Democrats And Republicans Make Ballot Picks For Governor’s Race Primaries

<p>(Sam Brasch/CPR News)</p>
<p>Cary Kennedy.</p>
Photo: Cary Kennedy 2018 Democratic Party Assembly
Cary Kennedy.

Photo: Cary Kennedy 2018 Democratic Party AssemblyCary Kennedy, a former state treasurer, and U.S. Rep. Jared Polis on Saturday both won spots on the Democratic ballot to succeed term-limited Gov. John Hickenlooper. State Treasurer Walker Stapleton and former Parker Mayor Greg Lopez emerged as the Republicans' top choices.

They move on to compete in primary elections this summer.

As Democrats gathered at the 1st Bank Center in Broomfield, former State Treasurer Cary Kennedy ’s campaign shows some momentum against U.S Rep. Jared Polis, after winning last month’s preference poll at the Democratic precinct caucuses.

Unlike Polis, Kennedy has not petitioned to join the primary ballot. That meant her whole bid rested on getting at least 30 percent of delegates to guarantee her spot. She well exceeded the threshold at the assembly, winning 62 percent of delegates. Polis followed with 33 percent.

She declared that “2018 will be the year that women lead!” as she closed her speech. After the votes were counted, Kennedy said the results showed her campaign was focused on issues Coloradans care about.

“People want someone who will make education our top priority. They are concerned about the impacts of growth in our state, on our environment and keeping Colorado an affordable place to live,” she said.

For Polis, a five-term congressman from Boulder, the total at the assembly is not as important. He has a slight lead in polls over Kennedy and wide advantage in campaign spending. He also submitted petitions in March to join the primary. His showing at the state assembly guarantees him a ballot spot whether or not the Secretary of State approves the signatures. He said his appearance at the assembly was an opportunity to make his case to the Democratic faithful.

“For me, it’s an opportunity to get my message out,” Polis said. “The people who come here today are active in their community, their neighbors rely on them, so we want to give them the information they need.”

In the race for attorney general, Phil Weiser, a former University of Colorado law dean, won 52 percent support from Democratic delegates. He was followed by state Rep. Joe Salazar, who gave fiery a speech and won 36 percent. Both qualified for the primary. Amy Padden missed the ballot with 10 percent of delegates.

Salazar had counted on the assembly not just for a primary spot, but also to show he has the grassroots support to take on Phil Weiser. The former law dean has raised more money than Salazar by a ratio of 17-1 so far, according to the latest campaign finance reports.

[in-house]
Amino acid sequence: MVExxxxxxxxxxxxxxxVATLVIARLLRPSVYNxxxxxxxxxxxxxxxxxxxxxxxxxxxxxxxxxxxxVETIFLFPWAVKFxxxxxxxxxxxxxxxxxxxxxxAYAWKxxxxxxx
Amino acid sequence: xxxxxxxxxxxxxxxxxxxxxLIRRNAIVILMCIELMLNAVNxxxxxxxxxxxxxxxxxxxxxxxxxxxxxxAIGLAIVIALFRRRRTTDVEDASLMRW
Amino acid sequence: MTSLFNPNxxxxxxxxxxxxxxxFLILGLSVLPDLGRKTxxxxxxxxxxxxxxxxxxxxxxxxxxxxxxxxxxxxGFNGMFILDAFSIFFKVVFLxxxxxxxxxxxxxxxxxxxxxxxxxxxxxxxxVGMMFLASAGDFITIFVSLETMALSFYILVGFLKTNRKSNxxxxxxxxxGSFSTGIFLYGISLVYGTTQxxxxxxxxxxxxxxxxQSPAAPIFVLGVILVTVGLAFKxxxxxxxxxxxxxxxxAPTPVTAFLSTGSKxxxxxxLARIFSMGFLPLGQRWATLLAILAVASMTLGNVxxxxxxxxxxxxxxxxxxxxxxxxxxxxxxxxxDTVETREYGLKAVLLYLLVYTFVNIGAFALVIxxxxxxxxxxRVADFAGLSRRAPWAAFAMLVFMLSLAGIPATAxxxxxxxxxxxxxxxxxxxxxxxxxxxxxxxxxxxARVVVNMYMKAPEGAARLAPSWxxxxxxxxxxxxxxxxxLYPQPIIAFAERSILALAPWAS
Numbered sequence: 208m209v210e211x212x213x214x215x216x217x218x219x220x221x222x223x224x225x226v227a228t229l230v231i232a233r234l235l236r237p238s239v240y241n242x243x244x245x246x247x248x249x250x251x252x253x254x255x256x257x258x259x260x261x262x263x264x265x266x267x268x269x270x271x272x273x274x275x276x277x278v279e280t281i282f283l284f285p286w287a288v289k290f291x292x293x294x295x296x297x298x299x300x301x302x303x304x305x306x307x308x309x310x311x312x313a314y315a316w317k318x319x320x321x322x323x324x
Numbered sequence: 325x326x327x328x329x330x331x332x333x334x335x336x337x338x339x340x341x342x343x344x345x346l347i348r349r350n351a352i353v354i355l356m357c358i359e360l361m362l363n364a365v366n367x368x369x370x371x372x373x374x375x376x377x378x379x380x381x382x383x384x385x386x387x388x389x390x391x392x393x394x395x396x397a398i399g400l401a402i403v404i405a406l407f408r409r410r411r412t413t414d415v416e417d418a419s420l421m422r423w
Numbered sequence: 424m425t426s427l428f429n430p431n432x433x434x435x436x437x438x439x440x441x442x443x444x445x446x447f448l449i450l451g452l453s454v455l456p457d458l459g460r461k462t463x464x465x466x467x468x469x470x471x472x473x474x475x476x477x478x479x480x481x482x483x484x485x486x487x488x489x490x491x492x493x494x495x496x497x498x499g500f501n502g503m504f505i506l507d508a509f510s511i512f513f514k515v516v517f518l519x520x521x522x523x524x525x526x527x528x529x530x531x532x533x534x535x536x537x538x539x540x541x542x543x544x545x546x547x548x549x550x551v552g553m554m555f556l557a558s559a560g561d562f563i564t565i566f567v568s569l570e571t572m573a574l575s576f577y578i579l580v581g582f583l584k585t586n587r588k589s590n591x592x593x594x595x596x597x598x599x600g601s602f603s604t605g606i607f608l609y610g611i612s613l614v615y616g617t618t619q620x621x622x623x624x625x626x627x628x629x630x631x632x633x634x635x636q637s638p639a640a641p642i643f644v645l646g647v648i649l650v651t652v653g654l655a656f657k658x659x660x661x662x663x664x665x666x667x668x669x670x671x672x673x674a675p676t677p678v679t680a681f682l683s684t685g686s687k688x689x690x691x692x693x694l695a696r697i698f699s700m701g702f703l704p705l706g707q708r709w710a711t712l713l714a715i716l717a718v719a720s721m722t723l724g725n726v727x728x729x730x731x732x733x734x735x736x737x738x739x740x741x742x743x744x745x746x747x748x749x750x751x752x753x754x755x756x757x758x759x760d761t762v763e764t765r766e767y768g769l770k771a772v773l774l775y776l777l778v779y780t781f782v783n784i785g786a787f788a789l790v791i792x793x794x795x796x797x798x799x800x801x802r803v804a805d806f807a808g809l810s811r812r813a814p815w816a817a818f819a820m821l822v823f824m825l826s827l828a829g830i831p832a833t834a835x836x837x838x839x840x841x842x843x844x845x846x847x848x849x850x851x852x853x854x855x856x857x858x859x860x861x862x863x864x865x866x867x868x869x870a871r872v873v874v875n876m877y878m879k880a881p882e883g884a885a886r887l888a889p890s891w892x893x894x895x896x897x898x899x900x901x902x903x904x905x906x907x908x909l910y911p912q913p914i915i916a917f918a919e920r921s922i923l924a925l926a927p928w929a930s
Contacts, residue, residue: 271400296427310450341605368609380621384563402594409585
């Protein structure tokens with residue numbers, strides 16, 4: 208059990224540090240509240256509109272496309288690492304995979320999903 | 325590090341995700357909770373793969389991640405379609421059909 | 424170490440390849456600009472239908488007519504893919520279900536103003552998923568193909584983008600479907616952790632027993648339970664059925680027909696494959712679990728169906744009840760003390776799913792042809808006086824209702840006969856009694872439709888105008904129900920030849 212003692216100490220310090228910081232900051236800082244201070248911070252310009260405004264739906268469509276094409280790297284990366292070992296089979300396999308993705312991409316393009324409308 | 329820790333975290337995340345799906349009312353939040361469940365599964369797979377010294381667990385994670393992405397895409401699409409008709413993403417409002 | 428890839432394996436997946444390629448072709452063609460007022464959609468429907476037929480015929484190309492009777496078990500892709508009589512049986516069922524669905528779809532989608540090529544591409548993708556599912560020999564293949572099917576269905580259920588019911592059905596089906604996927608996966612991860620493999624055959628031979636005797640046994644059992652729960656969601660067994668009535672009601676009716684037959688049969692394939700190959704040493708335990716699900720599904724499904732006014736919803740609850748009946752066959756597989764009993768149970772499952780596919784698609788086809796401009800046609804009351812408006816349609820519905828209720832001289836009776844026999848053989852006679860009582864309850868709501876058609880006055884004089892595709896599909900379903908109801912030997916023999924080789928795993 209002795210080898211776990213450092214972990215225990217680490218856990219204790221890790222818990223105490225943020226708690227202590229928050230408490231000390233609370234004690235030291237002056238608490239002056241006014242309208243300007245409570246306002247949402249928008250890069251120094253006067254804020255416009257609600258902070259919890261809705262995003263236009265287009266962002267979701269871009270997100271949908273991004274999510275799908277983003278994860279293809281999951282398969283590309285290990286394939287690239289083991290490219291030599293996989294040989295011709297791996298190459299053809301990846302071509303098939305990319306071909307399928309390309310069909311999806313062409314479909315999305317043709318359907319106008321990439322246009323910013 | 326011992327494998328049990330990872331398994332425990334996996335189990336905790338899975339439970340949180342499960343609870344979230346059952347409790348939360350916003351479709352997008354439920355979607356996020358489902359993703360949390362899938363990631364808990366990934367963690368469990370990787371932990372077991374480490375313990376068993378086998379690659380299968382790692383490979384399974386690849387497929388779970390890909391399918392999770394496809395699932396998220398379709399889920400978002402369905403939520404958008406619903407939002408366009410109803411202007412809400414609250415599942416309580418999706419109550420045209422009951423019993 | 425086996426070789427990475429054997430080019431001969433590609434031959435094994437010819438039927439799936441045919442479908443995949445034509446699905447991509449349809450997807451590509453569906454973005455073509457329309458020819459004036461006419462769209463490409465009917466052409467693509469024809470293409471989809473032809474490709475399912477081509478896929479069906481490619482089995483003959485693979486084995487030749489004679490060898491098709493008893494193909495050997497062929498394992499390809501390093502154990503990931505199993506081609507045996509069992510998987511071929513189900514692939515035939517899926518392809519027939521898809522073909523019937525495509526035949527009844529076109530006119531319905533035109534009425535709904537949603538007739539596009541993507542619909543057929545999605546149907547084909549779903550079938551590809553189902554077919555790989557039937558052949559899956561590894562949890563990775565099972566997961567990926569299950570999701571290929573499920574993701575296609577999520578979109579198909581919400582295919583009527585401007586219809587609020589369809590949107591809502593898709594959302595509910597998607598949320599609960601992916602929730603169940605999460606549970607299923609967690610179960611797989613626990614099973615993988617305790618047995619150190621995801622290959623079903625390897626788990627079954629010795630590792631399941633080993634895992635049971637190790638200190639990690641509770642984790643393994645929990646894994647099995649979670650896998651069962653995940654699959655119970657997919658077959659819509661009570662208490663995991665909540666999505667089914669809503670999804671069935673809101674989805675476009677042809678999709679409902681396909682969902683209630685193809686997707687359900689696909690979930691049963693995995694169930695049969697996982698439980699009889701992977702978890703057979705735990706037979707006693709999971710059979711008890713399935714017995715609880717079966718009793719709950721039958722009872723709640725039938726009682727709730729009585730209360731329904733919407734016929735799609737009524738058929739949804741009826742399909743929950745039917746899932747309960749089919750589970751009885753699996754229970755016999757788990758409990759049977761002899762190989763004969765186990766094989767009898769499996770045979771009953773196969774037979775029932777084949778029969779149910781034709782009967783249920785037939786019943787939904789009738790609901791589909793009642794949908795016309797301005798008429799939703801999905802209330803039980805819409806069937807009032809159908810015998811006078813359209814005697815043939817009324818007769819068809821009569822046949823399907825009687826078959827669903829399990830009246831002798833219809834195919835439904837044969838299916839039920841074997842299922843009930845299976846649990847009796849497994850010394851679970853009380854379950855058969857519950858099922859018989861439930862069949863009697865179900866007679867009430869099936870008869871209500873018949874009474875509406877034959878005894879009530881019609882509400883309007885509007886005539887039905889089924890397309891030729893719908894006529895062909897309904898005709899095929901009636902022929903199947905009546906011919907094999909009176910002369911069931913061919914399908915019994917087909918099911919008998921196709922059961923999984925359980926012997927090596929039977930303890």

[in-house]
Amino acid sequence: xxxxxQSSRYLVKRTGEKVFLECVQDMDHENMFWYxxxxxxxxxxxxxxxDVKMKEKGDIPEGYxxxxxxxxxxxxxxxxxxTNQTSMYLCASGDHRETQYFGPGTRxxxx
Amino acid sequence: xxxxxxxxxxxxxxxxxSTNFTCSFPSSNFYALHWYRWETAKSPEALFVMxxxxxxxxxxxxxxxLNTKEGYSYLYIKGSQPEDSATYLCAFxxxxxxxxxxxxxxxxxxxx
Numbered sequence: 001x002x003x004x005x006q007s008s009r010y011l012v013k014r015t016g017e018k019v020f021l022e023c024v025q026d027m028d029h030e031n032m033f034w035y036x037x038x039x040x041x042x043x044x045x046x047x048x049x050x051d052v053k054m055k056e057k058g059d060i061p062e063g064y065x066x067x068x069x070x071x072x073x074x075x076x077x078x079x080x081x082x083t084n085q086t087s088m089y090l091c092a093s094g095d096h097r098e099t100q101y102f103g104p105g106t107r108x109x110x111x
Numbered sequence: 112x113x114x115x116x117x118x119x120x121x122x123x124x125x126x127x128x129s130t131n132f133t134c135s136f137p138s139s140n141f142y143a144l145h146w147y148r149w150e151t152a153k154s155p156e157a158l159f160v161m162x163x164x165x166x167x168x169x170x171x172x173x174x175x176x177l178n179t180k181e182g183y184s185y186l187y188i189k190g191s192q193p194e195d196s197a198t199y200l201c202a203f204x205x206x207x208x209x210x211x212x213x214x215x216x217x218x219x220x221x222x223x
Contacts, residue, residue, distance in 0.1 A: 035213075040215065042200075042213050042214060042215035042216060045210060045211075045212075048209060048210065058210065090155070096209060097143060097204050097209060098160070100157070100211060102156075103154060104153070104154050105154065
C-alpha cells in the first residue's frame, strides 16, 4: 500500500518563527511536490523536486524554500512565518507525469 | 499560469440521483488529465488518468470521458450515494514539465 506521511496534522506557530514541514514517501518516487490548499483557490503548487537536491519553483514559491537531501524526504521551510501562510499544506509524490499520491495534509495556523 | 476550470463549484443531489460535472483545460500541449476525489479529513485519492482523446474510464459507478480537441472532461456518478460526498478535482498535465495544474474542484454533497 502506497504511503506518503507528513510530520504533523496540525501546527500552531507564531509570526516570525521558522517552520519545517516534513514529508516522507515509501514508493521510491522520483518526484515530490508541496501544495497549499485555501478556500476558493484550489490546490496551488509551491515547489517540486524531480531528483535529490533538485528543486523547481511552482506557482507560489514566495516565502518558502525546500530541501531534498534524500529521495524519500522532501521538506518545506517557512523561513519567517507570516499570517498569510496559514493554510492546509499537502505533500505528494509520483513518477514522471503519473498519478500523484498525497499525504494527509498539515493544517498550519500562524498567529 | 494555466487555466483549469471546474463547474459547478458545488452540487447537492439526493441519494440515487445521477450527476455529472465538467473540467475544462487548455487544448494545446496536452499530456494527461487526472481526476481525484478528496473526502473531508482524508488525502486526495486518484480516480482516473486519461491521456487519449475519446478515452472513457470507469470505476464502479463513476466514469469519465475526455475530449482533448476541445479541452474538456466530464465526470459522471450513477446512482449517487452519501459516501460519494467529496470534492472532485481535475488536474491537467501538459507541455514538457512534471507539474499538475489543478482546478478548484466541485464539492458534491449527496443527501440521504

The race for attorney general can be seen as a contest between the progressive and moderate wings of the Democratic Party. While Salazar was one of the loudest Colorado voices for Bernie Sanders in 2016, Weiser is a former official in the Obama administration.

But for many delegates, the assembly was a chance to heal wounds opened in 2016. Candidates at the podium called for unity around shared goals like universal health care and addressing climate change.

There were some moments of tension, though. In a voice vote, the delegates called on Democrats For Education Reform to remove the word “Democrats” from its name. The well-financed group supports charter schools and isn’t afraid to throw its weight around in elections or at the state Capitol. Opponents of DFER said the organization hurts traditional schools and weakens protection for teachers.

But Azarek Madrigal, a delegate from Alamosa, said the party can’t let those kinds of divisions stop it from confronting Republicans in November.

“If 2016 taught us anything, it’s that there needs to be a certain level of respect and cooperation,” she said. “That’s where this energy is coming from.”

Cynthia Coffman Fails To Make GOP Ballot

Stapleton won 44 percent of the vote, more than he needed to make it onto the primary ballot. Lopez garnered 33 percent while Coffman took 5 percent. That put her behind Steve Barlock and Barry Farah but ahead of Lew Gaiter and his 1 percent, and Teri Kear who earned votes from just six delegates.

“I want to thank God for all the blessings he’s bestowed on us. And I want to thank God for our president,” he said, and then added: “I hope these words echo across the state: I do not support sanctuary cities.”


Correction: We reported that Teri Kear earned no votes from Republicans in seeking to get on the primary ballot for governor. She earned six. The story has been updated.